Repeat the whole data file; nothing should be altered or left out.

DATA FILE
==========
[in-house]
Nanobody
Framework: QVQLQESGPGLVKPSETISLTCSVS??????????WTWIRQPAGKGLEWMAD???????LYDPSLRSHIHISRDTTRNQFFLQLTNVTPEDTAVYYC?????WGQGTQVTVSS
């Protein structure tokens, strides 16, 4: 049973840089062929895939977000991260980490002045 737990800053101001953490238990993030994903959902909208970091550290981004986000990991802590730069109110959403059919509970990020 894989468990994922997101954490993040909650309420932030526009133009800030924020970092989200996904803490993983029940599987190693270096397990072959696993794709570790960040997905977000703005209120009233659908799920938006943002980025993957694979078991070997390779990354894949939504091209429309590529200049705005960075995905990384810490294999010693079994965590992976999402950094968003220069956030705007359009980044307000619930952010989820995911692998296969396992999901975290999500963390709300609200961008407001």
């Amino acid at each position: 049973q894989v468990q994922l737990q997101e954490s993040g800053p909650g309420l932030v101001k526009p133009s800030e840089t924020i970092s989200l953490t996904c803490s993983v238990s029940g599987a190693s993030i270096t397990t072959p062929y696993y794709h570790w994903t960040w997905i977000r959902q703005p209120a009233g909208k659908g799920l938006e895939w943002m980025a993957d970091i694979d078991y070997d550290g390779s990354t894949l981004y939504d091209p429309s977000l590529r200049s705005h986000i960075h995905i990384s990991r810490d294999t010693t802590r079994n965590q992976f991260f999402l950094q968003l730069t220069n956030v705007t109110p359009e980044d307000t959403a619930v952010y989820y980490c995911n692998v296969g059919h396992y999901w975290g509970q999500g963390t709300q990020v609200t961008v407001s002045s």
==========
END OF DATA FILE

[in-house]
Nanobody
Framework: QVQLQESGPGLVKPSETISLTCSVS??????????WTWIRQPAGKGLEWMAD???????LYDPSLRSHIHISRDTTRNQFFLQLTNVTPEDTAVYYC?????WGQGTQVTVSS
């Protein structure tokens, strides 16, 4: 049973840089062929895939977000991260980490002045 737990800053101001953490238990993030994903959902909208970091550290981004986000990991802590730069109110959403059919509970990020 894989468990994922997101954490993040909650309420932030526009133009800030924020970092989200996904803490993983029940599987190693270096397990072959696993794709570790960040997905977000703005209120009233659908799920938006943002980025993957694979078991070997390779990354894949939504091209429309590529200049705005960075995905990384810490294999010693079994965590992976999402950094968003220069956030705007359009980044307000619930952010989820995911692998296969396992999901975290999500963390709300609200961008407001």
């Amino acid at each position: 049973q894989v468990q994922l737990q997101e954490s993040g800053p909650g309420l932030v101001k526009p133009s800030e840089t924020i970092s989200l953490t996904c803490s993983v238990s029940g599987a190693s993030i270096t397990t072959p062929y696993y794709h570790w994903t960040w997905i977000r959902q703005p209120a009233g909208k659908g799920l938006e895939w943002m980025a993957d970091i694979d078991y070997d550290g390779s990354t894949l981004y939504d091209p429309s977000l590529r200049s705005h986000i960075h995905i990384s990991r810490d294999t010693t802590r079994n965590q992976f991260f999402l950094q968003l730069t220069n956030v705007t109110p359009e980044d307000t959403a619930v952010y989820y980490c995911n692998v296969g059919h396992y999901w975290g509970q999500g963390t709300q990020v609200t961008v407001s002045s």